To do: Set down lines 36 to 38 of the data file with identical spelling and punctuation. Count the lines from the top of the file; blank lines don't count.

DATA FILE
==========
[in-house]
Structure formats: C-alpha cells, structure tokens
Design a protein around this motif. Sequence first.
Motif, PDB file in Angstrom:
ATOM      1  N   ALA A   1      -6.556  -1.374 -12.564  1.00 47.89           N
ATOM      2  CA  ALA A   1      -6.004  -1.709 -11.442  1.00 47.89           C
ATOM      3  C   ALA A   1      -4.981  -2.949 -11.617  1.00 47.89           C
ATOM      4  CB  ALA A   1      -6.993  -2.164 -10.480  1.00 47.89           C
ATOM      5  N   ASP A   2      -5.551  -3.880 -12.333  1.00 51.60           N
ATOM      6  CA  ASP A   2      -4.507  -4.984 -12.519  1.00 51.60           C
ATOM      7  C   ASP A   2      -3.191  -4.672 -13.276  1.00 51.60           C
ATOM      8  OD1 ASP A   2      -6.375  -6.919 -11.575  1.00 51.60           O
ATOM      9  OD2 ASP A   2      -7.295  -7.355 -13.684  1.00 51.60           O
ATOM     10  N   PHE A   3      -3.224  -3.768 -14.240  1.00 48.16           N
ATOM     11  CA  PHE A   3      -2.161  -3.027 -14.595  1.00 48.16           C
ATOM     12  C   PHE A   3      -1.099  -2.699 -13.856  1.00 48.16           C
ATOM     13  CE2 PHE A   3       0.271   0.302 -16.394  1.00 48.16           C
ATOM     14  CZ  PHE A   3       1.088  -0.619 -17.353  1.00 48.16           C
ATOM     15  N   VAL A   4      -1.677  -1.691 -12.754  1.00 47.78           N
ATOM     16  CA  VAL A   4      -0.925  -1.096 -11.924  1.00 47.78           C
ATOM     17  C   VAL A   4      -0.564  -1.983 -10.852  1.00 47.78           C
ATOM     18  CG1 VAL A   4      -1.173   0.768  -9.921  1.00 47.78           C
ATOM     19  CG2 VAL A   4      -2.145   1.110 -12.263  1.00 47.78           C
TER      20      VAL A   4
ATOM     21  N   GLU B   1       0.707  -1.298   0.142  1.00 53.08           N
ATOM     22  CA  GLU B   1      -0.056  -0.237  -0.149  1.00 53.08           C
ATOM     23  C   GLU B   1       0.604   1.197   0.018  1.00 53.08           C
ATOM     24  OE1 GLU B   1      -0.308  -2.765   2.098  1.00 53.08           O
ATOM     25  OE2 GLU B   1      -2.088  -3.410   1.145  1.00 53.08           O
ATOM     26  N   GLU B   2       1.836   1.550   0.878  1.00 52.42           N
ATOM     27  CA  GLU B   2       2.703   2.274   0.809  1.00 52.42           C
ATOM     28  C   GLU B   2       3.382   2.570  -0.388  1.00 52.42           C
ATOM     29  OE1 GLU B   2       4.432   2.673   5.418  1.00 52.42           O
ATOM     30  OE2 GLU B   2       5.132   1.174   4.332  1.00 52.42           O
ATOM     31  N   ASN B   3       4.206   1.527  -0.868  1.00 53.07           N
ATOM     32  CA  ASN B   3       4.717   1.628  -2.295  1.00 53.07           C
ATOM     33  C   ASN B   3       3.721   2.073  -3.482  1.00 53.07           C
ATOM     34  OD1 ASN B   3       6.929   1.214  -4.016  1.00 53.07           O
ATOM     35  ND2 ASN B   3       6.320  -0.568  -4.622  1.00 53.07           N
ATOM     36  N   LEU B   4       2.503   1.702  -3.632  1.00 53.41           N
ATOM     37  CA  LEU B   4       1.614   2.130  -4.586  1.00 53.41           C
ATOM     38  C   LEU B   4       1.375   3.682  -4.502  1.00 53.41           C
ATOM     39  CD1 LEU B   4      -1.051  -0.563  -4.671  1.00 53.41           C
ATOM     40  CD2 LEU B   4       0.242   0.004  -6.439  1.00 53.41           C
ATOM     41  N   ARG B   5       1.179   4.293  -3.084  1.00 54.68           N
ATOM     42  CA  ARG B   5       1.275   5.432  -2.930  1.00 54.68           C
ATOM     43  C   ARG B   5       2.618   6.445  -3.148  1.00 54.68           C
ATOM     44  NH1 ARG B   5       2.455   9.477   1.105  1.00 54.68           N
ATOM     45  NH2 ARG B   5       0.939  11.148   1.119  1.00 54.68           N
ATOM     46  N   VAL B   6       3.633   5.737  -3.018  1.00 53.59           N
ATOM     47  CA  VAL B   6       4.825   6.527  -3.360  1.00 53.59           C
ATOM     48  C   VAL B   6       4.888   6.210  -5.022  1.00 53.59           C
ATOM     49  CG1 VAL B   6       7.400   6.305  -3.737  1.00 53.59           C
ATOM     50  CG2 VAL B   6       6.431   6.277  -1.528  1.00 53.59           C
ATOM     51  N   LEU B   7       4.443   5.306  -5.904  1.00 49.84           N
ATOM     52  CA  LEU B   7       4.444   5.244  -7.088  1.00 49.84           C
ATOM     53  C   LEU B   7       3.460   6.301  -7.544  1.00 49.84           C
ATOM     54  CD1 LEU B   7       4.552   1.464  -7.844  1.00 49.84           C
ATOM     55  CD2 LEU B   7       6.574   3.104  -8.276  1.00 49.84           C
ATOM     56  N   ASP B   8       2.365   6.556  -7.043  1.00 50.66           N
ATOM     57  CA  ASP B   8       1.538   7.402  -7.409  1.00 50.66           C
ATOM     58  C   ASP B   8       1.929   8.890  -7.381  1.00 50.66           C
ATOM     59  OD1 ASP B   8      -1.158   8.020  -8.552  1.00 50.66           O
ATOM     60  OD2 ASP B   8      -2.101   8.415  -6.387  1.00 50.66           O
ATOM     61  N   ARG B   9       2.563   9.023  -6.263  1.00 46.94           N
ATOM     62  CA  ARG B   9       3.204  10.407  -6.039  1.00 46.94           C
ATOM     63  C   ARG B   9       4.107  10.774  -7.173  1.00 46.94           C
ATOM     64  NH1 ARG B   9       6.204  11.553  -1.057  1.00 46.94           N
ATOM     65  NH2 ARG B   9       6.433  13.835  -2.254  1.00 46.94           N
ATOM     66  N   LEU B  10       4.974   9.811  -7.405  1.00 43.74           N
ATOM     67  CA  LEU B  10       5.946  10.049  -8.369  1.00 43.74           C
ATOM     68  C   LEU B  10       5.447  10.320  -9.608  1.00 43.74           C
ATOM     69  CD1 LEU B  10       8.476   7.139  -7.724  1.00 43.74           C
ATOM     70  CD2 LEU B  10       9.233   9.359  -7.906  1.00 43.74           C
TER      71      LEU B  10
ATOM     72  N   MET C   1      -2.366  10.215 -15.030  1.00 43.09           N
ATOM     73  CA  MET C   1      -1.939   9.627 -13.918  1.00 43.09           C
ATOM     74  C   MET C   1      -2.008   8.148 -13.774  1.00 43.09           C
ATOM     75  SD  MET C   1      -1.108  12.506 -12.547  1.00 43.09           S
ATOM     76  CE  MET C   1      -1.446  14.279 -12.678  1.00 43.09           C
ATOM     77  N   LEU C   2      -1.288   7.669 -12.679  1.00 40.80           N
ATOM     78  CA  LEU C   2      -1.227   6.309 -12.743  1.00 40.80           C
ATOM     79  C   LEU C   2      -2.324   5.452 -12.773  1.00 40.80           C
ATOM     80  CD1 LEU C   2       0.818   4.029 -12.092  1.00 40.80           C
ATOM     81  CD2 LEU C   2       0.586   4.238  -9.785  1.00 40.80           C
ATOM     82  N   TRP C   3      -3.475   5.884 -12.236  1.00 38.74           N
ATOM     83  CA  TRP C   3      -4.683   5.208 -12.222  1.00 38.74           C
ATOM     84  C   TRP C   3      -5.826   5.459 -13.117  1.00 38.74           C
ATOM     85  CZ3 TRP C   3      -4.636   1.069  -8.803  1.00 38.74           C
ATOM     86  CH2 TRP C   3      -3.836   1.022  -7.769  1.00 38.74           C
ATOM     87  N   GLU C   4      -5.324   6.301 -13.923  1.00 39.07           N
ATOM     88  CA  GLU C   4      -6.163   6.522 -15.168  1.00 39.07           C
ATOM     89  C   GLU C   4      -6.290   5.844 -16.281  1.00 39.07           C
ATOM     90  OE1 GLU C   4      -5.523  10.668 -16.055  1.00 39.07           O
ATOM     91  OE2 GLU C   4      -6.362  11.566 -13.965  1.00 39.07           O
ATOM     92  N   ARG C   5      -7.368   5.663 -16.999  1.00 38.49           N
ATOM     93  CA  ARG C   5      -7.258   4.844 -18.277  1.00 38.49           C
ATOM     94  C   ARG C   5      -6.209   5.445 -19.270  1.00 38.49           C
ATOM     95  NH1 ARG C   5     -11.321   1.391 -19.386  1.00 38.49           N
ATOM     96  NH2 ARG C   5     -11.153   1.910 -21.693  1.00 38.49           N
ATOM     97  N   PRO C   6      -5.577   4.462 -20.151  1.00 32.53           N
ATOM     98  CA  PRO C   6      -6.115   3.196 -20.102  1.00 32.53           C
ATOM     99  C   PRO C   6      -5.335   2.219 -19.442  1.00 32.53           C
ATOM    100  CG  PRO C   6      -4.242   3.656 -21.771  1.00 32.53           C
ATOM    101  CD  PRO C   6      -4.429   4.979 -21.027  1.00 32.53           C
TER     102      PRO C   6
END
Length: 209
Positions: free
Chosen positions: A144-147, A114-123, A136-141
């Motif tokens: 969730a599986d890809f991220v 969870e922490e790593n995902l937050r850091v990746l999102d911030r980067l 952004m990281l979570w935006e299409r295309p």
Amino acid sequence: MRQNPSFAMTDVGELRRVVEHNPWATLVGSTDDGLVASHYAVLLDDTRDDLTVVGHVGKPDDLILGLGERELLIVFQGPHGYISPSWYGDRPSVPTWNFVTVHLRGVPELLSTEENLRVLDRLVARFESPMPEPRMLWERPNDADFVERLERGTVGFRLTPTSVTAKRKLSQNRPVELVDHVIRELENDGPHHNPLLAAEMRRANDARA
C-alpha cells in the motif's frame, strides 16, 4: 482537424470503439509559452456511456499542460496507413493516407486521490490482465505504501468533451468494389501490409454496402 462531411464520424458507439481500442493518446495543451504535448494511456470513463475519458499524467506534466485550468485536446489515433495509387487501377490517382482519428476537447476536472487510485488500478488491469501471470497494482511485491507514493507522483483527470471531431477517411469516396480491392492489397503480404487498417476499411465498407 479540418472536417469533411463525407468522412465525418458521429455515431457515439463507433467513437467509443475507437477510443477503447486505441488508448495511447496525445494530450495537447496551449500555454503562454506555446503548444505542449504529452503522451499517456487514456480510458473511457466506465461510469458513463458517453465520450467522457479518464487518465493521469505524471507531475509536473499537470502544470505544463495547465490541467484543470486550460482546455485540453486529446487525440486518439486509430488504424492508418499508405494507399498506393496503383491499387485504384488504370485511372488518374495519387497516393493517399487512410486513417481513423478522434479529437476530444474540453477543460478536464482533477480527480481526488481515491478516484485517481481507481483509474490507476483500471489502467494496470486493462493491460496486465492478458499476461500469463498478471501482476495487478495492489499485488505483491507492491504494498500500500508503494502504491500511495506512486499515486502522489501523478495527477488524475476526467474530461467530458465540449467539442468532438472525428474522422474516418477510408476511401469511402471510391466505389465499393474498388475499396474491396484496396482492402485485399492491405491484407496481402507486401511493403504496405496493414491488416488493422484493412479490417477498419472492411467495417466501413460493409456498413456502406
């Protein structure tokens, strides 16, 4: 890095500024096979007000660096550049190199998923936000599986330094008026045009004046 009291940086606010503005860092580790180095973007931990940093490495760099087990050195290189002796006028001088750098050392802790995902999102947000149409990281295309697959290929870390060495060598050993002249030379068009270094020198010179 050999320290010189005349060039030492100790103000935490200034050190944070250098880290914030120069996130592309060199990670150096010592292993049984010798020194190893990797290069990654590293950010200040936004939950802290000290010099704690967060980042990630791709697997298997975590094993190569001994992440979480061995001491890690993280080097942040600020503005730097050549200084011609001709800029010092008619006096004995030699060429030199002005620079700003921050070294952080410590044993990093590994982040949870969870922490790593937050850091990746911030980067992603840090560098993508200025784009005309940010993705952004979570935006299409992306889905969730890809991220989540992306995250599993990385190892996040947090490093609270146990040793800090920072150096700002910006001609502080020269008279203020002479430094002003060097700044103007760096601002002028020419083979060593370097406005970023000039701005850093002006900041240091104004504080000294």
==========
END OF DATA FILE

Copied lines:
ATOM     32  CA  ASN B   3       4.717   1.628  -2.295  1.00 53.07           C
ATOM     33  C   ASN B   3       3.721   2.073  -3.482  1.00 53.07           C
ATOM     34  OD1 ASN B   3       6.929   1.214  -4.016  1.00 53.07           O